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MG TD TF 1500 - Antifreeze Colour

I am certain this topic will be in the archives but they are now so comprehensive that if used prior to every posting we run the risk of an empty bulletin board. Avid readers will know my cylinder head is off the engine. When the car was rebuilt a couple of years ago a new radiator, pump and hoses were fitted and the system filled with red antifreeze. The inside of the hoses and the thermostat are covered in rust coloured slime, as if I had simply used neat water. Does red antifreeze have corrosion inhibitors or perhaps the stuff I used was poor quality. I think after a good flush I will use the green stuff next time. Any advice?

Jan T
J Targosz

In the UK it is orange and green, the orange has the more robust set of additives, so should last longer. I am not therefore sure that you will find the green a better antifreeze.
Ian Bowers

Only thing I can ad is, never mix the two. Dexcool can turn slightly acidic if air is trapped in the system. Basically there is no reason to use anything other than Green in our old systems, but, there are some reds with the same formula as the green and all are ethanol glycole base. It's more complicated than you might think. Nothing wrong with the green, just change it every couple of years. Supposedly the Red is less toxic than the green, for whatever that is worth, I don't think any of us is planning on tasting the stuff. Just my 2 bits. PJ
PJ Jennings

In the UK you should be using blue antifreeze in our engines. This has the silicate based and non OAT based stabiliser. Same as Bluecol used to be. Freely available in places iike Halfords in Autumn and Winter, usually hidden in some corner in Summer.
Dave H
Dave Hill

Thanks guys for the advice. I have been referred to a recent article in Practical Classics. They say "red, orange or pink OAT antifreeze is best avoided in classics". Apparently this is formulated for modern, sealed cooling systems and can gel if it is in frequent contact with air. I suspect the slime coating the internals of the TF's radiator and hoses was in fact OAT gel. Good thing is it was easily hosed away.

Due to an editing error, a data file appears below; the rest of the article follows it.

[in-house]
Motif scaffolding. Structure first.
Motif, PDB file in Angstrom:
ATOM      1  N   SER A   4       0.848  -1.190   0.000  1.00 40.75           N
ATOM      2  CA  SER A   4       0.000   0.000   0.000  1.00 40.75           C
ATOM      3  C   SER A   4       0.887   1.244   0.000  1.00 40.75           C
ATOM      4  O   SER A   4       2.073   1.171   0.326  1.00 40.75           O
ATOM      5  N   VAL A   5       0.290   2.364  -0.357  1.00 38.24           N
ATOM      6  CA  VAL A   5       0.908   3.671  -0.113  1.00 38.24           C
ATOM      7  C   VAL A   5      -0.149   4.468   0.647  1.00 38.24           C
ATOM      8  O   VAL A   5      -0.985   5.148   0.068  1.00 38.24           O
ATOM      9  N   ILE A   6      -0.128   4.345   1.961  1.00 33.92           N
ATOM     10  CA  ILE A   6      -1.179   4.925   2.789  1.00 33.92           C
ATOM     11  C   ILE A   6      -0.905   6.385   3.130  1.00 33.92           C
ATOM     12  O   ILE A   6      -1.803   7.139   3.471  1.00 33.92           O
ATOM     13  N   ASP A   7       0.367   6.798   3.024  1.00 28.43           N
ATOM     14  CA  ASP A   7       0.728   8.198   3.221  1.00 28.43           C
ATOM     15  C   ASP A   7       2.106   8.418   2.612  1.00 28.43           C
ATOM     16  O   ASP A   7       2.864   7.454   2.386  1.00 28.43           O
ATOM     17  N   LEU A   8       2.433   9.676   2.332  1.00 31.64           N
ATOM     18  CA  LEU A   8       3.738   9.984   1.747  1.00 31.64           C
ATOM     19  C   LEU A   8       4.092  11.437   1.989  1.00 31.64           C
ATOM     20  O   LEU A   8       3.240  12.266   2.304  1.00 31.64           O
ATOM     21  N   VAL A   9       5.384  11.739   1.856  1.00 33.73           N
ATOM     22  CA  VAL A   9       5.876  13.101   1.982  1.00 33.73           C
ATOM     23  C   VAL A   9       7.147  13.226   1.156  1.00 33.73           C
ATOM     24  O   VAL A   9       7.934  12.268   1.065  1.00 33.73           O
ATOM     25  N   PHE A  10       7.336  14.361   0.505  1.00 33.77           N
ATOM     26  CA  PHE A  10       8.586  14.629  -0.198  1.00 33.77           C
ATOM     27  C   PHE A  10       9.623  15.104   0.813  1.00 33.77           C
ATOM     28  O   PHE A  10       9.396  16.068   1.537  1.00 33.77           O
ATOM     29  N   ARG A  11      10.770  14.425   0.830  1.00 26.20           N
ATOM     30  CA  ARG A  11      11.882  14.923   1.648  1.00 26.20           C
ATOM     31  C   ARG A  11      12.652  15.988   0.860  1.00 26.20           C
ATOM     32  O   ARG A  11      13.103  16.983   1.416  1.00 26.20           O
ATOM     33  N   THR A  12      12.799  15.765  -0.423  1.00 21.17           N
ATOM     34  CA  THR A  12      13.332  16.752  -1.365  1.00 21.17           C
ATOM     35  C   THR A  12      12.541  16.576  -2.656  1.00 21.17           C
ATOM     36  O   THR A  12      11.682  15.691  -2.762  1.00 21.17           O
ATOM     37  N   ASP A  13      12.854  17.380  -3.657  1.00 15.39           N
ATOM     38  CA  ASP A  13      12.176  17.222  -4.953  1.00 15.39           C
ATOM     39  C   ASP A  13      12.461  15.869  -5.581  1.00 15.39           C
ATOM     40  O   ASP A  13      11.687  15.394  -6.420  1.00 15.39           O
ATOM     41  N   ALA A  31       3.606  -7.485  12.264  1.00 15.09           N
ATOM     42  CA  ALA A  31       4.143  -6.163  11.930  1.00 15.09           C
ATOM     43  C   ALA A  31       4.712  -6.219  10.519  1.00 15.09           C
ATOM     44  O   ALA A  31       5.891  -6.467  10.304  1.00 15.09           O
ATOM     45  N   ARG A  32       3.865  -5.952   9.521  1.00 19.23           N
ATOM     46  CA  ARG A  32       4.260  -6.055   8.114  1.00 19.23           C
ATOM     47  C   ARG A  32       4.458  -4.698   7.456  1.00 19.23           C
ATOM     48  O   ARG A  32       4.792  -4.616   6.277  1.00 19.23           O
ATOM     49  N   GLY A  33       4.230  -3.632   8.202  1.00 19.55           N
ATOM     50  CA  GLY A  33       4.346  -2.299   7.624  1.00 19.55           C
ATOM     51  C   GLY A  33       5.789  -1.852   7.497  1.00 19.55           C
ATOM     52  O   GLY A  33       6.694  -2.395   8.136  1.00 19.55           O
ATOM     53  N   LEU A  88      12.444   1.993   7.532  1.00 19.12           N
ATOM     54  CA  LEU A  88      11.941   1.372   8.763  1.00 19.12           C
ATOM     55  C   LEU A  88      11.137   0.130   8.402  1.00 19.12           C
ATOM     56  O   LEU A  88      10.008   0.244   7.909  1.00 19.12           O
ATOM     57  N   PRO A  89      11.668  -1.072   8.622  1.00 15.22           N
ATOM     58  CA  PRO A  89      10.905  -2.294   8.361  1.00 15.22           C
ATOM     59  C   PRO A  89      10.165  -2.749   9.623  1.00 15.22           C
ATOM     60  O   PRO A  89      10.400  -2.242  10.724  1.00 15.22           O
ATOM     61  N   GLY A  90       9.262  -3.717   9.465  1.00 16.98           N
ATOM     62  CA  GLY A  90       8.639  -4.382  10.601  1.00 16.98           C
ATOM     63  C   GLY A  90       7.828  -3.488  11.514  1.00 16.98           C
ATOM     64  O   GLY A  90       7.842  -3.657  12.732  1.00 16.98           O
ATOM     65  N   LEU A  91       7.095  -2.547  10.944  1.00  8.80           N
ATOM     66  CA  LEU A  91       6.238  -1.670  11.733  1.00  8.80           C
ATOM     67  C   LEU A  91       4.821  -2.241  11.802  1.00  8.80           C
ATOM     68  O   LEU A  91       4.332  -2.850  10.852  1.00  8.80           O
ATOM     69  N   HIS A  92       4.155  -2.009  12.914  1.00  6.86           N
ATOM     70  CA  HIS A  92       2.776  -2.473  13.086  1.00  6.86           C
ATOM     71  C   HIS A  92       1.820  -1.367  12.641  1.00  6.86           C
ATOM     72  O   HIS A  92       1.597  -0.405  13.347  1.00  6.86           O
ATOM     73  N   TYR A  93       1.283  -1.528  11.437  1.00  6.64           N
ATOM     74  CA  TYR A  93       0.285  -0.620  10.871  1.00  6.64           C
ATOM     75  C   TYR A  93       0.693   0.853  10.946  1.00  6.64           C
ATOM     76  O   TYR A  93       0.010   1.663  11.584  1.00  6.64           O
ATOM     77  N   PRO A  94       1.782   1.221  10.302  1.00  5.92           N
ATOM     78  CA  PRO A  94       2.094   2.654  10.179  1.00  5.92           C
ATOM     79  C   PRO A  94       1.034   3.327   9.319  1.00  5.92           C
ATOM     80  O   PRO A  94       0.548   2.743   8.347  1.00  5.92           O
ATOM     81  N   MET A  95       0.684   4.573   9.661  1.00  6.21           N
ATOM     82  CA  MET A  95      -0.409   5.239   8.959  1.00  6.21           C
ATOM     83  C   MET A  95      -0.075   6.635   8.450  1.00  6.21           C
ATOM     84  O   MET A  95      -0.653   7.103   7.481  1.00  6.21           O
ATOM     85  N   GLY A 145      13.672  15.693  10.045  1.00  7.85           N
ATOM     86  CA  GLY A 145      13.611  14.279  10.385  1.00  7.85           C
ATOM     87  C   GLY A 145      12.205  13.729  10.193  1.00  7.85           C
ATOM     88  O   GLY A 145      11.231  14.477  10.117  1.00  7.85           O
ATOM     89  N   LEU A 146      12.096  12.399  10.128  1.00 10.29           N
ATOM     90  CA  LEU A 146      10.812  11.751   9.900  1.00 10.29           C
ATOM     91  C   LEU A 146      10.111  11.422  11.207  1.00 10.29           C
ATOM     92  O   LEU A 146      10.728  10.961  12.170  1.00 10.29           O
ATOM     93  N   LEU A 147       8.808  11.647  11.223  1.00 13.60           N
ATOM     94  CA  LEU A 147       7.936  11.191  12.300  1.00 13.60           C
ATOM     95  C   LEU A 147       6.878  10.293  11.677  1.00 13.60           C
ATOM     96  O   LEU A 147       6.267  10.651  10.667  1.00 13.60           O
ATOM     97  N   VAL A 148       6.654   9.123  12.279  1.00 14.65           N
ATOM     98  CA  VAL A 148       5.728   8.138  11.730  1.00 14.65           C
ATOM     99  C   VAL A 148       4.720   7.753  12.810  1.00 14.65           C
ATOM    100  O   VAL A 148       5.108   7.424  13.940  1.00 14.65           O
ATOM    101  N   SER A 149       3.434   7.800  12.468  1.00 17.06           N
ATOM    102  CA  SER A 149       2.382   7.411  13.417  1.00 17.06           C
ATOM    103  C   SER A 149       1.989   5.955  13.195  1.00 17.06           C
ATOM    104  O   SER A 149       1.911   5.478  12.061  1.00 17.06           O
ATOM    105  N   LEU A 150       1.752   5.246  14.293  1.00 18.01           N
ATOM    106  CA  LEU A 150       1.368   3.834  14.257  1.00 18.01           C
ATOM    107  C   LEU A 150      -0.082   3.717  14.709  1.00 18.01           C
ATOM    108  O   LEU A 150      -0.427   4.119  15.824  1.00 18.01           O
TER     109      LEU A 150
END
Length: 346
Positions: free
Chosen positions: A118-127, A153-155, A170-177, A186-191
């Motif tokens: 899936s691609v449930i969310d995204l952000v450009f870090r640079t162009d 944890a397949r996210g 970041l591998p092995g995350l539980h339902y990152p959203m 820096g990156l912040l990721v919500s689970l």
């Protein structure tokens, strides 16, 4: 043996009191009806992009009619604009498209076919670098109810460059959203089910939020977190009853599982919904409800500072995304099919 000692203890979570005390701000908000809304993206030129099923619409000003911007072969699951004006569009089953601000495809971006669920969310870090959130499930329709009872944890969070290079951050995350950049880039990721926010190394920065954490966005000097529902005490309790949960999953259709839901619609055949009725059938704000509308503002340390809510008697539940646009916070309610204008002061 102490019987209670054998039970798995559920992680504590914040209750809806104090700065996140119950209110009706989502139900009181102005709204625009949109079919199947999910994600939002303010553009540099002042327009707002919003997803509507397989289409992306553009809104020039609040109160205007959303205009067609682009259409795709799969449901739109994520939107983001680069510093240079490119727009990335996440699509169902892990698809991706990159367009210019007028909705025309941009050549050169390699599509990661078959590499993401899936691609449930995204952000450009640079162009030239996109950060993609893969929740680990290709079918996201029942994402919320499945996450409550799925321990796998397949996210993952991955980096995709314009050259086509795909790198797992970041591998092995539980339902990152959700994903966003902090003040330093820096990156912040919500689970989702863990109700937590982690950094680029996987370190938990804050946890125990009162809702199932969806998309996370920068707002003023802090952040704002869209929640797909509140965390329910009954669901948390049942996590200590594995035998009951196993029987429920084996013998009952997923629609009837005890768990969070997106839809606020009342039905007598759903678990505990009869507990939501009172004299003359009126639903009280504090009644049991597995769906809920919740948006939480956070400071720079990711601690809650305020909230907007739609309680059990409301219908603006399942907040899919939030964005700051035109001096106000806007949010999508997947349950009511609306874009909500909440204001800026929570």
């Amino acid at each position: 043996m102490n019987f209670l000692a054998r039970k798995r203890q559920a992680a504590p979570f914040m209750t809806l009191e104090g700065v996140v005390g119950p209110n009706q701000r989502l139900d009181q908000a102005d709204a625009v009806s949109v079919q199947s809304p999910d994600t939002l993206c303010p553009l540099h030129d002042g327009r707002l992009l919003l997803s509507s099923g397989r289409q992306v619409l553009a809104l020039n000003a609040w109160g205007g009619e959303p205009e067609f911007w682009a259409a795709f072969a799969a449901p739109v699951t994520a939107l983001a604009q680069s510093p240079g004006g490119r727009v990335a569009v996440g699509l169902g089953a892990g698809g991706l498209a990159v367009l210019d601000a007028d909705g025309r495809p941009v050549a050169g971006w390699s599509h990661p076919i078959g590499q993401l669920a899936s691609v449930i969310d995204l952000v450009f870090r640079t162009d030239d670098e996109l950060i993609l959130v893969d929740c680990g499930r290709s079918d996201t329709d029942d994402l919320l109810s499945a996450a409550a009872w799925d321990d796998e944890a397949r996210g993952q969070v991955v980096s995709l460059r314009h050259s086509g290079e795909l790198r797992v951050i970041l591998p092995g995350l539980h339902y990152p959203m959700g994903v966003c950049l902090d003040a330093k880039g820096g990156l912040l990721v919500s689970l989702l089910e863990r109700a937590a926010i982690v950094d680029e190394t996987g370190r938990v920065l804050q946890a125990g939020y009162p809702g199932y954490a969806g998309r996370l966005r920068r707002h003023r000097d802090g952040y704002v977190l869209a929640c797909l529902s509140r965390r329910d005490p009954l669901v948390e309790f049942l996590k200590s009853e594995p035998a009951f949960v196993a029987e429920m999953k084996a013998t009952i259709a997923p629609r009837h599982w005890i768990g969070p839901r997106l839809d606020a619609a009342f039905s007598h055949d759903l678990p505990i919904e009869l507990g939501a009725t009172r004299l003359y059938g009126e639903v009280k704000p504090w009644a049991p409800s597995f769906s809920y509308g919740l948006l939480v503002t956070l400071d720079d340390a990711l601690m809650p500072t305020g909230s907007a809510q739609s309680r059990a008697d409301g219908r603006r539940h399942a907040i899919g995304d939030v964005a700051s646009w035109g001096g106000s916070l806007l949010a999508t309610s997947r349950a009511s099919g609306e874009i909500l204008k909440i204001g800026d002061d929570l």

Jan T
J Targosz

Here in France, color does not mean anything.
In our car, we can find steel, cart iron, copper, bronze, brass for the drain tap and probably tin and lead for radiator and heater. Maybe others...

Antifreezing feature is probably not an issue for normal use.

But against corrosion, the best way is to read the manufacturer datasheet when available. Glysantin datasheet are available on the web. G 30 seems to be OK.

These datasheet shows corrosion test for different material.


LC Laurent31

Colour means nothing here
You can get OAT in green now as well as red just to confuse and yes OAT coolants need to be in a sealed system like modern cars with full pressure recovery tanks
Mitsubishi here has two coolants one blue and one green/blue which can't be mixed, -getting the right one for topups is a bit of a problem after the colour goes off a bit, they sort of look the same
I would suggest for a T type a non OAT coolant would be better but don't forget to change it every couple of years or it will do more damage than plain water
William Revit

In a country where "antifreeze" performs the function that the very name imparts, ie: against freezing: and for cars such as my own TF that languishes in an unheated garage for up to 6 months, and where temperatures can drop to -40°C , the colour has absolutely nothing to do with protection and I'm surprised to see that this is an issue.

Protection for us, means a solution of (mainly) Ethylene Glycol in about 50% concentration. The most popular product is Honeywell "Prestone" which happens to be yellow. Other less popular brands can be any colour.

However, a word of caution about using antifreezes that are formulated for modern cars, many of which now have aluminium radiators. Formulations like Dex-Cool for these applications, contain organic acids which reacts differently with the older copper/brass radiators, such as our T-Series use. In a warm or even hot climate, chemical reaction from organic acids can be even quicker. So keep away from this stuff.

Traditional Ethylene Glycol-based antifreezes are ideally suited for our MGs and contain rust and corrosion inhibitors as well as silicate compounds to minimize the formation of acids, but no organic acids to eat away at our radiators.

BTW, can somebody please tell me the meaning of 'OAT'.

Gord Clark
Rockburn, Qué.
Gord Clark

Sorry to have confused readers by mentioning "red antifreeze. In the UK this generally refers to Organic Acid Technology (OAT) and Ethelene Glycol based coolant is generally blue (Bluecol) or green. It appears colours vary in outside the UK. I understand Glycol is the stuff for unsealed cooling systems.

Jan T
J Targosz

This thread was discussed between 22/07/2017 and 24/07/2017

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